Stranded, on Both Sides of the Border!

By Mohammad Aburumman

تم نشره في Mon 21 August / Aug 2017. 11:00 PM
  • Mohammad Aburumman

Their son was killed in Syria after joining the Nusra Front, month ago.

His pictures were sent to his family, published as well by his friends within the group.

Meanwhile, his family, here in Jordan remain trapped, more so after his death than during his life in Syria.

They are looking to put an end to the legal drag-on, which is hurdling inheritance for instance, and would complicate his wife’s situation, should she decide to re-marry.

It is difficult legally overcome the implications related to being directly related to someone who has partaken in such groups.

The law itself, however, is also trapped in this regard.

Legally speaking, there is no clear way to address such a situation, neither by the political and social institutions, nor the legal ones.

In the meantime, the family were advised to resort to court, legal experts told me.

Issuing the certificate of death, via court, can be done in two ways, depending on the purpose.

In order for the wife to re-marry, then the certificate of death has to be issued and ratified by the Sharia court.

For all other intents and purposes, the household may resort to the regular court to issue the certificate of death.

However, a certificate of death requires concrete proof of death; images and pictures are not enough. They may be accepted as supporting documents, but there must be eye witnesses.

Compared to the post-mortem divorce death certificate, the issuance of the generic death certificate, for other purposes, is less complicated.

The problem lies in proving he actually died, legally, and it isn’t about just this single case, no, not even three or four.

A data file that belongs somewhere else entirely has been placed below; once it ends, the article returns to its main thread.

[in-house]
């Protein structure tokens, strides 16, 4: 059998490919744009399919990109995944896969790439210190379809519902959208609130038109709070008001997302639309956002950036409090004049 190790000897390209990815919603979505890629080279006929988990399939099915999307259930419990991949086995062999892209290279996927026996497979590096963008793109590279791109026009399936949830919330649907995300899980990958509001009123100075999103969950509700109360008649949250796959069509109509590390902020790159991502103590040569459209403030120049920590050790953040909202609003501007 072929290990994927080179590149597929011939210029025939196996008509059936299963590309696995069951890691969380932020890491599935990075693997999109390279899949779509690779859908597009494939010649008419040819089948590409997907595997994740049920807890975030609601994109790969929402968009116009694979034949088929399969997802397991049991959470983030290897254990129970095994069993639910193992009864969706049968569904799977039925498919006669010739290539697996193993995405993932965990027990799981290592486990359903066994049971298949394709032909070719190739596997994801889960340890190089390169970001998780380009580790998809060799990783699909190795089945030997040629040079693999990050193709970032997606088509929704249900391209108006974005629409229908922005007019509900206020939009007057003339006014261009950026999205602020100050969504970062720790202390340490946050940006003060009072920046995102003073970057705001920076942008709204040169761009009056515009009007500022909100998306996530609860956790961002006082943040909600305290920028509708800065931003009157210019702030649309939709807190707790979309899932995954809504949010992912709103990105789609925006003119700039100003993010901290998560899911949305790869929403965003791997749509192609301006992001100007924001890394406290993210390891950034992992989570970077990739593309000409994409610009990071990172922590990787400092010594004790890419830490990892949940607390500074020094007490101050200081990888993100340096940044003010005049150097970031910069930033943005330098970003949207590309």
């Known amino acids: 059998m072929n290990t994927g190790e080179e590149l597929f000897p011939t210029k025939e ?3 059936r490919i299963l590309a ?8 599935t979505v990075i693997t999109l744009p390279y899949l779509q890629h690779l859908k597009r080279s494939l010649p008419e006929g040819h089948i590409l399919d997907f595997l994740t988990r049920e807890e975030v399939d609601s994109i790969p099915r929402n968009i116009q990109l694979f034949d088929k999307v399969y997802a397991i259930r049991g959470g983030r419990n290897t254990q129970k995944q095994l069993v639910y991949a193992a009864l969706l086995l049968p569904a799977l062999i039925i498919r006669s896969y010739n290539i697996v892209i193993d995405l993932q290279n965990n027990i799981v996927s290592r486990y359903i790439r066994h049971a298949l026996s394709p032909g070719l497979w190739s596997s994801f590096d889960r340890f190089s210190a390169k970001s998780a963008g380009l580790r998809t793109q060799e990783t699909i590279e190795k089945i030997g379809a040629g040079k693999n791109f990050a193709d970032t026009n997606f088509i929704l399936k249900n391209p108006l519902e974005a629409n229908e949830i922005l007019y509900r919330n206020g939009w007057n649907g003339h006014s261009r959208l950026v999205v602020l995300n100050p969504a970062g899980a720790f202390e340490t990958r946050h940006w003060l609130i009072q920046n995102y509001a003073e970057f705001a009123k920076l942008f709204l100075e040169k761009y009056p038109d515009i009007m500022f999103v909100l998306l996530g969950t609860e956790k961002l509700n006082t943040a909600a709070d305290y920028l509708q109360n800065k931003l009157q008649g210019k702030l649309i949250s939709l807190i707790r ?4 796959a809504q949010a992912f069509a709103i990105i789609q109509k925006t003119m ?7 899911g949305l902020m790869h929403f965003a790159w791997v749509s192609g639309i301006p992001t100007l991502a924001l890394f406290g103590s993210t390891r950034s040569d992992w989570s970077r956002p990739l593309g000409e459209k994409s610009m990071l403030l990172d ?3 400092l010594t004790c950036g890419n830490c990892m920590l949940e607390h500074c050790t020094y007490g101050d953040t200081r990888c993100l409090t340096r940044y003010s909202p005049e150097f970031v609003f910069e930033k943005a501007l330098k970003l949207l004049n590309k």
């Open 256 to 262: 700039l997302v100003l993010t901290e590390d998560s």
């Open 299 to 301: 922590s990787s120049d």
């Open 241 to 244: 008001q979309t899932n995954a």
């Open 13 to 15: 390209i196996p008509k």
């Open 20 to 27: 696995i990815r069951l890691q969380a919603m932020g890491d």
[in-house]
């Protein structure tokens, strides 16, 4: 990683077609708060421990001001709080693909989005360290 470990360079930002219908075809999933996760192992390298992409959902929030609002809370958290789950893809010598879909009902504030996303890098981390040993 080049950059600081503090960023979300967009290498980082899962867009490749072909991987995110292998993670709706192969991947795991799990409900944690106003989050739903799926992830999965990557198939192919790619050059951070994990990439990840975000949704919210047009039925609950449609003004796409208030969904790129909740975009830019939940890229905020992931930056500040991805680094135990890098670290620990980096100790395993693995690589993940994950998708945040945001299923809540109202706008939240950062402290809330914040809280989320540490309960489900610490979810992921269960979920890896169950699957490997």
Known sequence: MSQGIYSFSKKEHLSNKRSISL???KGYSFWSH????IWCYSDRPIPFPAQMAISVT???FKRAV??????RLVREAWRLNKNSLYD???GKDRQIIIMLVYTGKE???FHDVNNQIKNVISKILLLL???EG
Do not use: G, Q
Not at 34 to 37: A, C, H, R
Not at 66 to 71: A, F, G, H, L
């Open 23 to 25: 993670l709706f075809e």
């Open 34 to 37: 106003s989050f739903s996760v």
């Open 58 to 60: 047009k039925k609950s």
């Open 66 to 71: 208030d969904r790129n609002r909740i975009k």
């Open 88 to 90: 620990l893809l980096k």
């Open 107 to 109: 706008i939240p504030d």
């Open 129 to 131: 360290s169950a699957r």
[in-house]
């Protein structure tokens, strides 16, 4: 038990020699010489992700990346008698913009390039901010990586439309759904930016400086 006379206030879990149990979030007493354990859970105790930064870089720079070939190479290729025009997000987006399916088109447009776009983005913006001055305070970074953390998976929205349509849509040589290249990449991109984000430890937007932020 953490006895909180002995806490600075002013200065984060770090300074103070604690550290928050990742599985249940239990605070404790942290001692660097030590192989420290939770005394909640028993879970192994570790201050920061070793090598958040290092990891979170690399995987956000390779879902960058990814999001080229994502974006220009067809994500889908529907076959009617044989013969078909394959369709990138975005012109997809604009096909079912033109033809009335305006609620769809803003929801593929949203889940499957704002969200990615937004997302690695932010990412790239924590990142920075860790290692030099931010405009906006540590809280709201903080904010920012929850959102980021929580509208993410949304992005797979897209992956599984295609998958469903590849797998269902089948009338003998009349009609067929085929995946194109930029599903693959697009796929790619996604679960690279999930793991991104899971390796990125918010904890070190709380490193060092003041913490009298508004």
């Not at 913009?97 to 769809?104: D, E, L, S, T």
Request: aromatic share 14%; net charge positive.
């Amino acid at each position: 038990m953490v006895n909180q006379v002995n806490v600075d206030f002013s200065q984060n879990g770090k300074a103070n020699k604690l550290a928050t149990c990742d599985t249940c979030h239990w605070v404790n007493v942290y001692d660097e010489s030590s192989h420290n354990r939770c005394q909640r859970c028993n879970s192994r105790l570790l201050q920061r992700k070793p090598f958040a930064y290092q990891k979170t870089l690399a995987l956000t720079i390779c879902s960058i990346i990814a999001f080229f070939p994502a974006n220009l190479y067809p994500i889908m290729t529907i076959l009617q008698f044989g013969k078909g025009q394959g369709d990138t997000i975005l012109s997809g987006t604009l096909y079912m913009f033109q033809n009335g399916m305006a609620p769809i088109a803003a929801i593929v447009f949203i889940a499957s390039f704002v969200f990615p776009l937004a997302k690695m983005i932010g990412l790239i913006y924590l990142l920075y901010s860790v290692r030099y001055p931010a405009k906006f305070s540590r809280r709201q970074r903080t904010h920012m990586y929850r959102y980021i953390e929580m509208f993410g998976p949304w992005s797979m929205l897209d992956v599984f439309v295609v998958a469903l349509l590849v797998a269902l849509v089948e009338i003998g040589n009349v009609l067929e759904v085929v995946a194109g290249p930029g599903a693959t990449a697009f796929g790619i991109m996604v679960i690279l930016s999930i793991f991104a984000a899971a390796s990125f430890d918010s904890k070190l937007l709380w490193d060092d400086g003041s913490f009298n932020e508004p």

We’re talking about hundreds of Jordanians killed in Syria and Iraq.

I do not know how else to address a topic that is as complex as this.

Socially speaking, the general, public framework of such issues has more to do with the legal and judicial devices than it has with the security.

Even the police and intelligence devices cannot absolutely validate their deaths, based on the intel they have.

So, how will the judiciary and legal bodies be able to verify the death or life of someone in Syria or Iraq? Can a certain procedure be tailored for the families of those whom have passed fighting with these organisations abroad?

Especially since it is difficult to prove a person’s death under such conditions!

Some of them died and left their families behind in Syria and Iraq; what shall we down about them?

Is there a clear, systematic approach to addressing the circumstances of remnant families in Jordan and abroad? Especially children and teenagers who probably lived under the guardianship of ISIS and were indoctrinated into their culture.

Overseas, news media like the BBC show us how children returning from Raqqa and Mosul to Europe undergo psychological and cultural rehabilitation.

Have we perhaps devised such a procedure?

In truth, this issues go beyond what we know to there being an unknown number of Jordanians who got married in Syria and were killed there.

Their children are stranded there, but there are no marriage certificates issued by the courts here or in Syria, to certify to the legality of their parents’ marriages.

When Jordanian families try to relocate their own relatives’ children or grandchildren from Syria and Iraq to Jordan, which is happening nowadays, there must be a standardised legal, security procedure.

I know that a part of our politicians and officials are not interested in these issues, and along with them are some of our media figures and intellectuals.

They claim it isn’t our problem; we are not out to inherit what the extremists brought upon themselves and their families when they joined up with the terrorists there and died!

Needless to say, this doesn’t make sense.

No matter how bad extremism goes in our country, and with it the standing security measures, this is a state of law. There are courts need to legally and judicially distinguish between the terrorists and their families.

We need to start thinking about procedures and options which would spare the children and women, the families, more suffering.

They must not be held responsible for what their fathers and husbands did, nor must they live with it!

This article is an edited translation of the Arabic version, published by AlGhad.

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